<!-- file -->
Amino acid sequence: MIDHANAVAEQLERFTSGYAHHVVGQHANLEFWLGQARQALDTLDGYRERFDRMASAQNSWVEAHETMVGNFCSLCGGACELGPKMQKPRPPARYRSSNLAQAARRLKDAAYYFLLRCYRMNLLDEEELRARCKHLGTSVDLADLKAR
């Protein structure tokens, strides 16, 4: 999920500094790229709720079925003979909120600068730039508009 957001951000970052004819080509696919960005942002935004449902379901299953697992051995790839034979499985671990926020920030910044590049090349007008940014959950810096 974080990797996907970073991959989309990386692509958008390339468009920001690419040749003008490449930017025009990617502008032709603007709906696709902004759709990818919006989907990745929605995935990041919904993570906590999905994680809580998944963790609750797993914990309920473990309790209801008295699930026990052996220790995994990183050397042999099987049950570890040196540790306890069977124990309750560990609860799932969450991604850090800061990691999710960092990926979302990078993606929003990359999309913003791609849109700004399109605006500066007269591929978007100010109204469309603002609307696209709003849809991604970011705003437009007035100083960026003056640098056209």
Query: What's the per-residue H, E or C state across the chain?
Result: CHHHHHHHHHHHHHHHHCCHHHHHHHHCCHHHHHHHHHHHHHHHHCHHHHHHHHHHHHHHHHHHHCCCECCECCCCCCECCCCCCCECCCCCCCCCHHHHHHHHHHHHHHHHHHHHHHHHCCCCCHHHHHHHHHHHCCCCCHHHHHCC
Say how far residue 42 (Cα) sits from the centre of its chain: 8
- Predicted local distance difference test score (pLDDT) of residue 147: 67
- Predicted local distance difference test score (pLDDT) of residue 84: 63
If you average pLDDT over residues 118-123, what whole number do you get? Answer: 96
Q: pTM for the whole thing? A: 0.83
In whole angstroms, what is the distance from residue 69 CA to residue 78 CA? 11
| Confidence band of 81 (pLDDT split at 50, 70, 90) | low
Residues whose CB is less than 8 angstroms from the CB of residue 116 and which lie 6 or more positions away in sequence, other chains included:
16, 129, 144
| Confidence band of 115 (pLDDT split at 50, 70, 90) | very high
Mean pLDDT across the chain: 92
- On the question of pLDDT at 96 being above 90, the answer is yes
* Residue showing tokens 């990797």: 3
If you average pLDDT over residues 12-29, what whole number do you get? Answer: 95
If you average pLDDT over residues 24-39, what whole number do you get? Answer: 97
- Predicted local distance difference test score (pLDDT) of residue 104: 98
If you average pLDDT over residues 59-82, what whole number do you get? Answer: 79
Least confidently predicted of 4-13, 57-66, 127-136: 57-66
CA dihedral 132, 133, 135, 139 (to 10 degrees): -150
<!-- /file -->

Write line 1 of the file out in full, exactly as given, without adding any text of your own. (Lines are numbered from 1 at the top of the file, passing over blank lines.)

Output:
Amino acid sequence: MIDHANAVAEQLERFTSGYAHHVVGQHANLEFWLGQARQALDTLDGYRERFDRMASAQNSWVEAHETMVGNFCSLCGGACELGPKMQKPRPPARYRSSNLAQAARRLKDAAYYFLLRCYRMNLLDEEELRARCKHLGTSVDLADLKAR